Leonard Hayflick Proposes The Cellular Theory Of Aging Based On The Limited Replicative Lifespan Of Primary Human CellsWho:Leonard Hayflick
When:March 01, 1965
Methods: Normal diploid cells were serially passaged in culture until they stopped dividing
Institution: Wistar Institute
Where: Philadelphia, PA, U.S.A
In earlier work, Hayflick carefully characterized the serial cultivation of primary human cell strains. Here, he elaborates on those findings.
The author demontrates that primary human cell strains each have a characteristic replicative lifespan or "doubling potential", and that this lifespan was an intrinsic characteristic that can differ between strains. He identified the number of divisions rather than the amount of elapsed time in culture as the critical parameter of lifespan.
Based on the shapes of the observed survival curves, the author proposed the finite nature cellular lifespan was due to the accumulation of some form of molecular damage: "Whatever cell component(s) may be involved in the finite lifetime of human diploid cell strains, the ultimate accumulation of nondividing cells could be the result of accumulated damage to a single cellular target or to inactivation of many targets."
Hayflick observed that doubline potentials were extended by culture under physiological oxygen (3%), which is lower than atmospheric oxygen (20%). This finding led to the hypothesis that oxidative damage could be partially responsible for limiting in vitro lifespan, consistent with the free radical hypothesis of aging.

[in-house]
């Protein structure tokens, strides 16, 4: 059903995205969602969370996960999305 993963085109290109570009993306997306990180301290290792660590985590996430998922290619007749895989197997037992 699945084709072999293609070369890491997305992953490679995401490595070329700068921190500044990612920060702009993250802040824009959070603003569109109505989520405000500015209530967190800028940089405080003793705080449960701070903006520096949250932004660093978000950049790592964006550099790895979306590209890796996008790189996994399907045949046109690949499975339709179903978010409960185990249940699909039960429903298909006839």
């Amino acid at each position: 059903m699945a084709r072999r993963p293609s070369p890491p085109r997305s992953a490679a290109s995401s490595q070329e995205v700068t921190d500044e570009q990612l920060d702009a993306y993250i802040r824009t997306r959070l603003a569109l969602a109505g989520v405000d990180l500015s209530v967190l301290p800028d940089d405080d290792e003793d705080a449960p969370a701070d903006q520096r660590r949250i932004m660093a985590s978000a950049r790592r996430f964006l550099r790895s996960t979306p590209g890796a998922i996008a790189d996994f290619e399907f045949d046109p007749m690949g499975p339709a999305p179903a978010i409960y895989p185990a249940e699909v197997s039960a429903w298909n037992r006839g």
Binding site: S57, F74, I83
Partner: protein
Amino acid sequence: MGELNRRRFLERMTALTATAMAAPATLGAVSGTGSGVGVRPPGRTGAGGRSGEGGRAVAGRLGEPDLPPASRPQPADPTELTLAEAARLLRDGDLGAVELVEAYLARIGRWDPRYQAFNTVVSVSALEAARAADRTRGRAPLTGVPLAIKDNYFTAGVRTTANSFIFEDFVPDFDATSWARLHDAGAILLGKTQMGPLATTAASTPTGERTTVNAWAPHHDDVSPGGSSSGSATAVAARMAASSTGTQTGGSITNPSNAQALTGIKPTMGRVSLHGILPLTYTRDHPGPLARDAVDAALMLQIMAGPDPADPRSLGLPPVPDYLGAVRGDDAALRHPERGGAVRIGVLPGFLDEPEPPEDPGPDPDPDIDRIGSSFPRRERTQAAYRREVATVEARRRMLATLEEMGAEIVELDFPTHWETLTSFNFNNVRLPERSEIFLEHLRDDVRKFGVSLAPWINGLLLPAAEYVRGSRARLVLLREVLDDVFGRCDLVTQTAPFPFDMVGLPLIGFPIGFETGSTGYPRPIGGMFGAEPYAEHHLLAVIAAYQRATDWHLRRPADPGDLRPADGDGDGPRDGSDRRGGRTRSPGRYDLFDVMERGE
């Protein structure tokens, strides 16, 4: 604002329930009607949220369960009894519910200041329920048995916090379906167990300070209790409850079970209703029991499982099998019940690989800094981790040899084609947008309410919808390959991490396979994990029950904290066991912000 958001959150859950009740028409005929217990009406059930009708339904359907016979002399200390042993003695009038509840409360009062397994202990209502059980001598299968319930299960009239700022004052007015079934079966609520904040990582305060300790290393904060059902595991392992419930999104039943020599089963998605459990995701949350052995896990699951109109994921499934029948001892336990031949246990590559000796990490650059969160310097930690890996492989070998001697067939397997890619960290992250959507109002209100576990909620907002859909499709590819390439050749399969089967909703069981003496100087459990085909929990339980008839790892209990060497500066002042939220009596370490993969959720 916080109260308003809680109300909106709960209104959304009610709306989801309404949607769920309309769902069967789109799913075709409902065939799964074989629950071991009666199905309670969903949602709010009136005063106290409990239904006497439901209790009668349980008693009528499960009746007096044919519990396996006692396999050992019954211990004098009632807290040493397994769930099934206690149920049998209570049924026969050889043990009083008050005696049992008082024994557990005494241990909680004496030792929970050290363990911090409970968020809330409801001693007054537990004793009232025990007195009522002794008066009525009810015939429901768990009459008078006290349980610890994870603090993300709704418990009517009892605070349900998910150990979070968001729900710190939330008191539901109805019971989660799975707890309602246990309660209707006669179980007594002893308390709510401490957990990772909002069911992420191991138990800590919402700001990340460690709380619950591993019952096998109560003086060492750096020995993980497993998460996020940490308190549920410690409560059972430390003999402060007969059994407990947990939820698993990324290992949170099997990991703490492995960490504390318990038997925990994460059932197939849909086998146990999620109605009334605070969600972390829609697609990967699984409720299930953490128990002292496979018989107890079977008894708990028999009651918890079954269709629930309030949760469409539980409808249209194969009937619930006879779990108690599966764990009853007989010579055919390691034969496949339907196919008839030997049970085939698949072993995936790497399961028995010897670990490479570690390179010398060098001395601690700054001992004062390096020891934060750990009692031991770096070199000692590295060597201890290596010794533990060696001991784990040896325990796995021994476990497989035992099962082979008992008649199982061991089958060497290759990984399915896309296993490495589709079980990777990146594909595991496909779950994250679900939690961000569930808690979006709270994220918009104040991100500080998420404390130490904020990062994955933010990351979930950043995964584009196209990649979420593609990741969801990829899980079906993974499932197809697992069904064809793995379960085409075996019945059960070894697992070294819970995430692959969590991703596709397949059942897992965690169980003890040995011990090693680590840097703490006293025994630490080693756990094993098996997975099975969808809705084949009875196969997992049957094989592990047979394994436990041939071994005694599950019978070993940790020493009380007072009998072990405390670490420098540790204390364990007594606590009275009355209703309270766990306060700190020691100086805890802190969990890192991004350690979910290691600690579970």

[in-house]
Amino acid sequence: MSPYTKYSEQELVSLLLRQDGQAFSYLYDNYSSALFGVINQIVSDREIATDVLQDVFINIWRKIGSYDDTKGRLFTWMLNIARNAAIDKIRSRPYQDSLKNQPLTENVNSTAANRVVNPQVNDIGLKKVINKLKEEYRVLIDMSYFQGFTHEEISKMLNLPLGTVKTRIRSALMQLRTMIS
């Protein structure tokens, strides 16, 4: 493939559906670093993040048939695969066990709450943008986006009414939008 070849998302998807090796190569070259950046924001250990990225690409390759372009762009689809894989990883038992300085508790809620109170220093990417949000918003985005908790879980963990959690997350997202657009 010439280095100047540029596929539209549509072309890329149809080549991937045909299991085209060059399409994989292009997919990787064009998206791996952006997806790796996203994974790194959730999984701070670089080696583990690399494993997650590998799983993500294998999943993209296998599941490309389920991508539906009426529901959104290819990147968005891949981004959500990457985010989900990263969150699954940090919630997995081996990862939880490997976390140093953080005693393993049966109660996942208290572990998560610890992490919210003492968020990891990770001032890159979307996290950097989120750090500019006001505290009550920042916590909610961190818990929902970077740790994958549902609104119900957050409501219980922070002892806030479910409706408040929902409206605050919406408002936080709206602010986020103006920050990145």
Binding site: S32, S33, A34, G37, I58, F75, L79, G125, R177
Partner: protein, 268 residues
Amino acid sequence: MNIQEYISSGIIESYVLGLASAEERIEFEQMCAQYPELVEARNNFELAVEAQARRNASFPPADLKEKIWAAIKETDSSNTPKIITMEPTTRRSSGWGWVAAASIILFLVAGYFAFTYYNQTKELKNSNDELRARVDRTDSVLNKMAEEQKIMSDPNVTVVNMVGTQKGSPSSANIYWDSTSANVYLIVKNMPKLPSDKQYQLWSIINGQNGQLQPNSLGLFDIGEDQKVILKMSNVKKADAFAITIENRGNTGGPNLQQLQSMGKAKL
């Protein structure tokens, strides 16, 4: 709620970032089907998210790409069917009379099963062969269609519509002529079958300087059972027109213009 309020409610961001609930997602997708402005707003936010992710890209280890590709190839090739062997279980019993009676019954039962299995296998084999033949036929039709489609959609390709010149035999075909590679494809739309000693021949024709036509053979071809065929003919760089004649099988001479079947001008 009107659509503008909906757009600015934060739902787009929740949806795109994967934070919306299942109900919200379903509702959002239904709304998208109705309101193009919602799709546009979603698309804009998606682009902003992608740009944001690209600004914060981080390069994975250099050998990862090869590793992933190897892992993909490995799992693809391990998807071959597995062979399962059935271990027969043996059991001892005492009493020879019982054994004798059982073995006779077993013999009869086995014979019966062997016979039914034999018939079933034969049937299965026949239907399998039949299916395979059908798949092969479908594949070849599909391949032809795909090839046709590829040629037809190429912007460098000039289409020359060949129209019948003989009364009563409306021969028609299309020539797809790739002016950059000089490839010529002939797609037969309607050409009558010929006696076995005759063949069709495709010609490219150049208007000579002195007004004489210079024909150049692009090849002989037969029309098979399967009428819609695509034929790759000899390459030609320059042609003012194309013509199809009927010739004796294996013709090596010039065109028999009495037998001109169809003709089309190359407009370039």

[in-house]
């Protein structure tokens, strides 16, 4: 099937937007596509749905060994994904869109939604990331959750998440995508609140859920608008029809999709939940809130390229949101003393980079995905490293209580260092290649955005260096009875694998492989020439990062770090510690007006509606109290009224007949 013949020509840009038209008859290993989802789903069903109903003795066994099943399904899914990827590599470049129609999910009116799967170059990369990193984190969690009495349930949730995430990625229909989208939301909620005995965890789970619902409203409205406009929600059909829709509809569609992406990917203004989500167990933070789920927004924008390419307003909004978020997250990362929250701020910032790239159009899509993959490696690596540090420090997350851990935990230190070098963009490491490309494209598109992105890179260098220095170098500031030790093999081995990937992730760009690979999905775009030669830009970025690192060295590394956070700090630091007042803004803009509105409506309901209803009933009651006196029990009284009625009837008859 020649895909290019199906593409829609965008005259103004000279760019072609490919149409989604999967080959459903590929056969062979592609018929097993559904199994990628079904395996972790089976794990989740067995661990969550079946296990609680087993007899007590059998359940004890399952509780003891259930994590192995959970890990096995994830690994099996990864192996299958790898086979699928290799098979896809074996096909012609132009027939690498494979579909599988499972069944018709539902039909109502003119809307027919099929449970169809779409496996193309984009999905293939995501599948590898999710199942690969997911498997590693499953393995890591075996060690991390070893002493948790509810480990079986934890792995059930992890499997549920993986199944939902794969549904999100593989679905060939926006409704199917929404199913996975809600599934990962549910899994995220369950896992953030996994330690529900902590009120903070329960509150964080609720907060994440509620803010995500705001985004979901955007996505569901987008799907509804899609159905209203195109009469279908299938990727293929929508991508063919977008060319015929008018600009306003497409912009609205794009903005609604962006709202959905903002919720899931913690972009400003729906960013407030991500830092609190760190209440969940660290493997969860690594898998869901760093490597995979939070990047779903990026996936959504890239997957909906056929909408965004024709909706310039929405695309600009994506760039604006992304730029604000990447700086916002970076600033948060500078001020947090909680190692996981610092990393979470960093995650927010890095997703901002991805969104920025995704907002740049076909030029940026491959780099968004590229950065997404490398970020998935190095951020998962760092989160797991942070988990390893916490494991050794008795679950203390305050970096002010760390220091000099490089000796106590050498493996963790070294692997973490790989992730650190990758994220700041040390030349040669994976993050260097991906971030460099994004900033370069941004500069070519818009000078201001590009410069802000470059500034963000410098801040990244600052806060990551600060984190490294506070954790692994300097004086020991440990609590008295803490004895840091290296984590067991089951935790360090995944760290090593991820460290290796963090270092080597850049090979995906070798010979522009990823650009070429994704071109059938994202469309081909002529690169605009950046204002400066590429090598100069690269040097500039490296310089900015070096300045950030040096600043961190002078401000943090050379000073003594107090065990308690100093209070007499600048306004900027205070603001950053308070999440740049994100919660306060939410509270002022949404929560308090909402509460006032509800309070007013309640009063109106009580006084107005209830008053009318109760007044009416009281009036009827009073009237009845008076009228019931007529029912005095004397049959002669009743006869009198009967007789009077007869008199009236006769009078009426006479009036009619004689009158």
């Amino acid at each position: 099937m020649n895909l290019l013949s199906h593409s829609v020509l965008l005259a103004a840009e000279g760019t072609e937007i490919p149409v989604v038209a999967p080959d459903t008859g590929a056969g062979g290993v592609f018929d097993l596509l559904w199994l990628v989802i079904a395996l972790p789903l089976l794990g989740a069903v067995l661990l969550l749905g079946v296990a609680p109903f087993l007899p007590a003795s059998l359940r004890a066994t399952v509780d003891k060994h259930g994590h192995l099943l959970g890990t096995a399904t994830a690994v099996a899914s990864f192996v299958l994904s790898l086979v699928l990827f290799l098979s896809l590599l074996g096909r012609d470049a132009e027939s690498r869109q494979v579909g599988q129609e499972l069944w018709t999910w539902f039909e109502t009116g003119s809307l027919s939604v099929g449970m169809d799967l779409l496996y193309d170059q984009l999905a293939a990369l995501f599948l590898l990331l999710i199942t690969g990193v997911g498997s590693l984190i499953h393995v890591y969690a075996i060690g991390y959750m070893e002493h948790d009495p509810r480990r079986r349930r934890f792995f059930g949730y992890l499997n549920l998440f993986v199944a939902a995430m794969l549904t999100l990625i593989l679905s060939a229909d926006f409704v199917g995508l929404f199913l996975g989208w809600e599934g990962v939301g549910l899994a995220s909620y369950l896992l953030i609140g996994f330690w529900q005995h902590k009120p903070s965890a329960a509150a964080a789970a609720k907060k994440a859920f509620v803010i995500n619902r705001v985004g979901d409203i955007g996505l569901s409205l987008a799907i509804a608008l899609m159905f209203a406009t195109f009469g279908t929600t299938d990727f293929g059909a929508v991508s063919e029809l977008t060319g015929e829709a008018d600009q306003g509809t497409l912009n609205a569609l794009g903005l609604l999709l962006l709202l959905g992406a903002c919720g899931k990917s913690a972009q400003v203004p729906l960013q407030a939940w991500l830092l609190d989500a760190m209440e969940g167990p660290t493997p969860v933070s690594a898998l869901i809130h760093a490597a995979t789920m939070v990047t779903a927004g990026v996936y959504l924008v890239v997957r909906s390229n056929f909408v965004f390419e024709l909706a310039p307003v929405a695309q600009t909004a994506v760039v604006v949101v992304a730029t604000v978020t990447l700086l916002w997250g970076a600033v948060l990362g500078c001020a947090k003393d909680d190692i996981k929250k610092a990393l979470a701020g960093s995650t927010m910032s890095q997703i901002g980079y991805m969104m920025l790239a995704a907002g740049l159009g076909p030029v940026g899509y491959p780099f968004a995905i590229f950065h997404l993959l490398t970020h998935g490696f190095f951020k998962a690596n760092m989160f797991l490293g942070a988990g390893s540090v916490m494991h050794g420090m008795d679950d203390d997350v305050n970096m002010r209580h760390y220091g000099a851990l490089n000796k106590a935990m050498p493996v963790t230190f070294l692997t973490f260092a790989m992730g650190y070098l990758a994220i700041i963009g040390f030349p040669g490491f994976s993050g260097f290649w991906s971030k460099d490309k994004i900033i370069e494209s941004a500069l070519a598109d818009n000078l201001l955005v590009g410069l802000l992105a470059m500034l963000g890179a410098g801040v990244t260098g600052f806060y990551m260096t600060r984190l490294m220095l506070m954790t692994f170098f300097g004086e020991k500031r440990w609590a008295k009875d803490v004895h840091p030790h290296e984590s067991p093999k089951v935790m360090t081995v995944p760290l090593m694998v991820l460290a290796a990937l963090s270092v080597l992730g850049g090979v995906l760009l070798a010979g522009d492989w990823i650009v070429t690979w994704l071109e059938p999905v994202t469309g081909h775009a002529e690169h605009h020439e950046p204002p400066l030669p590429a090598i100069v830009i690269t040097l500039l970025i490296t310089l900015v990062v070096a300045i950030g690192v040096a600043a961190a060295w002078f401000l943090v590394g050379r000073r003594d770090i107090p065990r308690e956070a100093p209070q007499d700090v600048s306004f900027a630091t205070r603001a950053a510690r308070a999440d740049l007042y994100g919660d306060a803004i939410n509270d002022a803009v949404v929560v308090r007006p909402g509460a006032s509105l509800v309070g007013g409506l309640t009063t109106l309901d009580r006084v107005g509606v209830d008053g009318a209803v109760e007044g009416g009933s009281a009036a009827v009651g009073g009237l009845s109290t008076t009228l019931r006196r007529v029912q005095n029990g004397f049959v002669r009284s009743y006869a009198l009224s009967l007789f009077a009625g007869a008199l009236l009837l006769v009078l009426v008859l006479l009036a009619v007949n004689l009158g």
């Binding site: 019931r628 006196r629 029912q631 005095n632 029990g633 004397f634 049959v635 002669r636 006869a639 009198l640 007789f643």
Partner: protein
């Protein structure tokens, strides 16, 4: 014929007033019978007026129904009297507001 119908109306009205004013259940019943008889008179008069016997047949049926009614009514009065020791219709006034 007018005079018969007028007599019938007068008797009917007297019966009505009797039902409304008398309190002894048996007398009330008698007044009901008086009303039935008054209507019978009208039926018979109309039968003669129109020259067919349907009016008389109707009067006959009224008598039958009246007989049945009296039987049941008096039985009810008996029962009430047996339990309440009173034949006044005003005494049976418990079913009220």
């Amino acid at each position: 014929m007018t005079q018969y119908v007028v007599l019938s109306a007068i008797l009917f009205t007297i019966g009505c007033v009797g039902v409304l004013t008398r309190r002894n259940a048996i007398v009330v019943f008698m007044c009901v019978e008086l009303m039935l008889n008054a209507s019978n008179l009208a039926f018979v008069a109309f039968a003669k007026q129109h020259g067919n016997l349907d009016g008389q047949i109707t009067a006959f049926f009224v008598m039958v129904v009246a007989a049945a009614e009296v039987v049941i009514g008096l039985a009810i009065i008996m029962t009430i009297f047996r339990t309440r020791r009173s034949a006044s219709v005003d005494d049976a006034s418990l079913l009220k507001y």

Growth arrest leads to a loss of regenerative capacity, which in turn prevents replacement of cells lost to injury or disease. Hence, Hayflick proposed a "cellular theory of aging" in which the finite replicative lifespan of cultured cells was directly related to organismal aging.
The permanent growth arrest that occurs at the end of the replicative lifespan is now termed "cellular senescence". We now know that senescence in response to repeated passage occurs because of critical shortening of the telomeres. Senescence can also occur in response to high levels of DNA damage or inappropriate expression of oncogenes. This pathway thus prevents the proliferation of old and damaged cells, and is thought to be a major mechanism of tumor suppression.
The finite replicative lifespan of normal diploid cells is now sometimes called the "Hayflick limit" after its discoverer.